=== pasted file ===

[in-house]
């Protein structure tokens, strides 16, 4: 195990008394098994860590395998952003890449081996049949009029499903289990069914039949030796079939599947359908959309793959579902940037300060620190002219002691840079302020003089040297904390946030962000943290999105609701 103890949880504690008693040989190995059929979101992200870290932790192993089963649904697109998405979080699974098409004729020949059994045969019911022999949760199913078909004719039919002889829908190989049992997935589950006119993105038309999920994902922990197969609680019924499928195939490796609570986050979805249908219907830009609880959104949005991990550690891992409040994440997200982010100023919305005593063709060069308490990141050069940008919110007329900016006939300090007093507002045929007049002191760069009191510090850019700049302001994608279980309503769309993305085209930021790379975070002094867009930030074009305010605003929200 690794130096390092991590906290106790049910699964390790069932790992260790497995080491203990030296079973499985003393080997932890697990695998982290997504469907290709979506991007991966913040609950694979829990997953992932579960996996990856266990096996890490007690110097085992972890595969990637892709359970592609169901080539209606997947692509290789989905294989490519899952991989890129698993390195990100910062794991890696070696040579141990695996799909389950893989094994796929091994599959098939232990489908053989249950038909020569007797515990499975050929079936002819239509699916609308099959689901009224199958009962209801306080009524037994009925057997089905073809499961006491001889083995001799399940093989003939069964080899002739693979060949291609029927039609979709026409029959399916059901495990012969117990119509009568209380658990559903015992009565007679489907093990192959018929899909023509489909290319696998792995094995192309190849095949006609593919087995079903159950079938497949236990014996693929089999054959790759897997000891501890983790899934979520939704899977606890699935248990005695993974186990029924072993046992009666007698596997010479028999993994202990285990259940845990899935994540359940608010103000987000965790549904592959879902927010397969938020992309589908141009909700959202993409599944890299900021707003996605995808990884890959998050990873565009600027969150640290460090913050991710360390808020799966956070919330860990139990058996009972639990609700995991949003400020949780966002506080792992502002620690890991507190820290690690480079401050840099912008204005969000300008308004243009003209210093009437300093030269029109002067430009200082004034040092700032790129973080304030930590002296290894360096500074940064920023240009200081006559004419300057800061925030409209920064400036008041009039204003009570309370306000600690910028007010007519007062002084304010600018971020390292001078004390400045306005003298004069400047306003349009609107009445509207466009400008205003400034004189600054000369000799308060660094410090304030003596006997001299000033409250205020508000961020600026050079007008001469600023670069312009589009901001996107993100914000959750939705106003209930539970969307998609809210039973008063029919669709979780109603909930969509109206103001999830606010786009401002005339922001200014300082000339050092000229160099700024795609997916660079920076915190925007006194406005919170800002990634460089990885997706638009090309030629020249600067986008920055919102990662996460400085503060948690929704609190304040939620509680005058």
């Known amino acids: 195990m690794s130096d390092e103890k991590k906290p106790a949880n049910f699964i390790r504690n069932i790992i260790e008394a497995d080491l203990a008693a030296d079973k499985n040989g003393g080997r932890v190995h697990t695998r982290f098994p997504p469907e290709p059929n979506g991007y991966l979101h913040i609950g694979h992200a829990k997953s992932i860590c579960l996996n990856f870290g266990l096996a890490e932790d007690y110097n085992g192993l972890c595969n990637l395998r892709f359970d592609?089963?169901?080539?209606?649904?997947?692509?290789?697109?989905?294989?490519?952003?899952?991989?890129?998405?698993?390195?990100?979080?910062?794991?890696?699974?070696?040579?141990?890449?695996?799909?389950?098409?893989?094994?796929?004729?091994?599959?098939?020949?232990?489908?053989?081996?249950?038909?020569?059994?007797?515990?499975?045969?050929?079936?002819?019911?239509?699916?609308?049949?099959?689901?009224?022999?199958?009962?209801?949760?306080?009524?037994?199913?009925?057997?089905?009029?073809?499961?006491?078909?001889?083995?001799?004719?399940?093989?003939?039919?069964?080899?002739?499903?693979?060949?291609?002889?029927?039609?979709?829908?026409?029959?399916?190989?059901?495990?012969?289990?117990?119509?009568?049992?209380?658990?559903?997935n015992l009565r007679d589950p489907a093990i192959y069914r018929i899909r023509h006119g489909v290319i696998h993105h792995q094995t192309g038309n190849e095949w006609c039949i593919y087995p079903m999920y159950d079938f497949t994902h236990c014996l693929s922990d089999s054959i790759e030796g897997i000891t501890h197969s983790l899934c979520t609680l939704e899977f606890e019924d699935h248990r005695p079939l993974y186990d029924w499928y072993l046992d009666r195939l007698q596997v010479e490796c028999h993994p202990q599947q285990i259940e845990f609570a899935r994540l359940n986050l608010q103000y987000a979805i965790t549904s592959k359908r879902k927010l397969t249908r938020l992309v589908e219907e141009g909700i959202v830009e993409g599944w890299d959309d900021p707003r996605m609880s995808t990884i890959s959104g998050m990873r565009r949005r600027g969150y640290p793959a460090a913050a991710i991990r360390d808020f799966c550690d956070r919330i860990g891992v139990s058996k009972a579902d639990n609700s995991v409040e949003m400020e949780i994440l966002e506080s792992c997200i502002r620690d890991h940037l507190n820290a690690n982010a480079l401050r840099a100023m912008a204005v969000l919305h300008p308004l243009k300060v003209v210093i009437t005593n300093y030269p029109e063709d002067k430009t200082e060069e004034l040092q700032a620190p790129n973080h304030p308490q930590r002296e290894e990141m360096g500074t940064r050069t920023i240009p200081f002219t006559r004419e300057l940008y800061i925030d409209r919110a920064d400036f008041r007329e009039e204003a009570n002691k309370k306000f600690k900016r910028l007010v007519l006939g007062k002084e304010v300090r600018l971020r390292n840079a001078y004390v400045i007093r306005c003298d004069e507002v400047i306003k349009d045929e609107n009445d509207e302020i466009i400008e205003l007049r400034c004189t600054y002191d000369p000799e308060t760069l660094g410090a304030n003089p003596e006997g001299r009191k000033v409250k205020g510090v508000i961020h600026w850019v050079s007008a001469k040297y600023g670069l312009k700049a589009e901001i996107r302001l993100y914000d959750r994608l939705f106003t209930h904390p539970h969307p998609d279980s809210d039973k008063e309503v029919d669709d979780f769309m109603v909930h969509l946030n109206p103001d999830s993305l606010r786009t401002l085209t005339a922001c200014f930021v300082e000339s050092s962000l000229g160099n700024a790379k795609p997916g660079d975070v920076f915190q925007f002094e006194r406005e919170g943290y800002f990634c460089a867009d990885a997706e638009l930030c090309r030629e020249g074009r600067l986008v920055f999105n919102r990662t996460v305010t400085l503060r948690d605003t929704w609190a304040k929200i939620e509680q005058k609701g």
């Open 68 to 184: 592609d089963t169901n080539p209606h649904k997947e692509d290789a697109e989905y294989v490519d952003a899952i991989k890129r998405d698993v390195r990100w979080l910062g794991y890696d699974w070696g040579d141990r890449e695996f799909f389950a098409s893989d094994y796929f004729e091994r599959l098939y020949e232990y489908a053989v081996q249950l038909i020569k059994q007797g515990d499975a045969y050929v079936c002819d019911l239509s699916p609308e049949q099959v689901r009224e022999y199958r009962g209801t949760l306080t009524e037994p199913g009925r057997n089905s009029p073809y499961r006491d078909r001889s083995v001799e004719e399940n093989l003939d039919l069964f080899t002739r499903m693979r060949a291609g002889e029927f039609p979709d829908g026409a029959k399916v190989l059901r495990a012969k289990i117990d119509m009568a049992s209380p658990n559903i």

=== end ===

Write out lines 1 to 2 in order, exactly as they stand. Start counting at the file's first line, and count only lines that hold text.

[in-house]
């Protein structure tokens, strides 16, 4: 195990008394098994860590395998952003890449081996049949009029499903289990069914039949030796079939599947359908959309793959579902940037300060620190002219002691840079302020003089040297904390946030962000943290999105609701 103890949880504690008693040989190995059929979101992200870290932790192993089963649904697109998405979080699974098409004729020949059994045969019911022999949760199913078909004719039919002889829908190989049992997935589950006119993105038309999920994902922990197969609680019924499928195939490796609570986050979805249908219907830009609880959104949005991990550690891992409040994440997200982010100023919305005593063709060069308490990141050069940008919110007329900016006939300090007093507002045929007049002191760069009191510090850019700049302001994608279980309503769309993305085209930021790379975070002094867009930030074009305010605003929200 690794130096390092991590906290106790049910699964390790069932790992260790497995080491203990030296079973499985003393080997932890697990695998982290997504469907290709979506991007991966913040609950694979829990997953992932579960996996990856266990096996890490007690110097085992972890595969990637892709359970592609169901080539209606997947692509290789989905294989490519899952991989890129698993390195990100910062794991890696070696040579141990695996799909389950893989094994796929091994599959098939232990489908053989249950038909020569007797515990499975050929079936002819239509699916609308099959689901009224199958009962209801306080009524037994009925057997089905073809499961006491001889083995001799399940093989003939069964080899002739693979060949291609029927039609979709026409029959399916059901495990012969117990119509009568209380658990559903015992009565007679489907093990192959018929899909023509489909290319696998792995094995192309190849095949006609593919087995079903159950079938497949236990014996693929089999054959790759897997000891501890983790899934979520939704899977606890699935248990005695993974186990029924072993046992009666007698596997010479028999993994202990285990259940845990899935994540359940608010103000987000965790549904592959879902927010397969938020992309589908141009909700959202993409599944890299900021707003996605995808990884890959998050990873565009600027969150640290460090913050991710360390808020799966956070919330860990139990058996009972639990609700995991949003400020949780966002506080792992502002620690890991507190820290690690480079401050840099912008204005969000300008308004243009003209210093009437300093030269029109002067430009200082004034040092700032790129973080304030930590002296290894360096500074940064920023240009200081006559004419300057800061925030409209920064400036008041009039204003009570309370306000600690910028007010007519007062002084304010600018971020390292001078004390400045306005003298004069400047306003349009609107009445509207466009400008205003400034004189600054000369000799308060660094410090304030003596006997001299000033409250205020508000961020600026050079007008001469600023670069312009589009901001996107993100914000959750939705106003209930539970969307998609809210039973008063029919669709979780109603909930969509109206103001999830606010786009401002005339922001200014300082000339050092000229160099700024795609997916660079920076915190925007006194406005919170800002990634460089990885997706638009090309030629020249600067986008920055919102990662996460400085503060948690929704609190304040939620509680005058």